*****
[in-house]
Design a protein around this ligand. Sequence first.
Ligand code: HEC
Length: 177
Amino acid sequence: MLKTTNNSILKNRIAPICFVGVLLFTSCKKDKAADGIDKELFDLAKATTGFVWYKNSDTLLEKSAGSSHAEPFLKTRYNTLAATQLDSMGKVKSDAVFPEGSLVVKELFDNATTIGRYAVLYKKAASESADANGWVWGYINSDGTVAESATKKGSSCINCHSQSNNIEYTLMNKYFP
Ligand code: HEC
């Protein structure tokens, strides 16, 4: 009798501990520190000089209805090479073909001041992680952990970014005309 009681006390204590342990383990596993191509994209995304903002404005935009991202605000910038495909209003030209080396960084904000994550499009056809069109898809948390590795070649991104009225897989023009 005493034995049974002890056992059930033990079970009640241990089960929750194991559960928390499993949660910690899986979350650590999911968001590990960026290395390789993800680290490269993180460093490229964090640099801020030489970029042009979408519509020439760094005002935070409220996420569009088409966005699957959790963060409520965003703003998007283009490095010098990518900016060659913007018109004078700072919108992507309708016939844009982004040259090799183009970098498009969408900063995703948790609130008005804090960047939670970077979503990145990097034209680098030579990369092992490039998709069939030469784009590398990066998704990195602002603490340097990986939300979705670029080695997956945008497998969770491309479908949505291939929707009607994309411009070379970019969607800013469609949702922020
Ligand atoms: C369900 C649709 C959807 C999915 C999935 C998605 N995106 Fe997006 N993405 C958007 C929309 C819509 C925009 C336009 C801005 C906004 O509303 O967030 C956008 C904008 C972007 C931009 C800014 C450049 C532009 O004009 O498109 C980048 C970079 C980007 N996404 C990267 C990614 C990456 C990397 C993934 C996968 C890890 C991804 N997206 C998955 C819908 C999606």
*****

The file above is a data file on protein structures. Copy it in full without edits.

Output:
[in-house]
Design a protein around this ligand. Sequence first.
Ligand code: HEC
Length: 177
Amino acid sequence: MLKTTNNSILKNRIAPICFVGVLLFTSCKKDKAADGIDKELFDLAKATTGFVWYKNSDTLLEKSAGSSHAEPFLKTRYNTLAATQLDSMGKVKSDAVFPEGSLVVKELFDNATTIGRYAVLYKKAASESADANGWVWGYINSDGTVAESATKKGSSCINCHSQSNNIEYTLMNKYFP
Ligand code: HEC
């Protein structure tokens, strides 16, 4: 009798501990520190000089209805090479073909001041992680952990970014005309 009681006390204590342990383990596993191509994209995304903002404005935009991202605000910038495909209003030209080396960084904000994550499009056809069109898809948390590795070649991104009225897989023009 005493034995049974002890056992059930033990079970009640241990089960929750194991559960928390499993949660910690899986979350650590999911968001590990960026290395390789993800680290490269993180460093490229964090640099801020030489970029042009979408519509020439760094005002935070409220996420569009088409966005699957959790963060409520965003703003998007283009490095010098990518900016060659913007018109004078700072919108992507309708016939844009982004040259090799183009970098498009969408900063995703948790609130008005804090960047939670970077979503990145990097034209680098030579990369092992490039998709069939030469784009590398990066998704990195602002603490340097990986939300979705670029080695997956945008497998969770491309479908949505291939929707009607994309411009070379970019969607800013469609949702922020
Ligand atoms: C369900 C649709 C959807 C999915 C999935 C998605 N995106 Fe997006 N993405 C958007 C929309 C819509 C925009 C336009 C801005 C906004 O509303 O967030 C956008 C904008 C972007 C931009 C800014 C450049 C532009 O004009 O498109 C980048 C970079 C980007 N996404 C990267 C990614 C990456 C990397 C993934 C996968 C890890 C991804 N997206 C998955 C819908 C999606």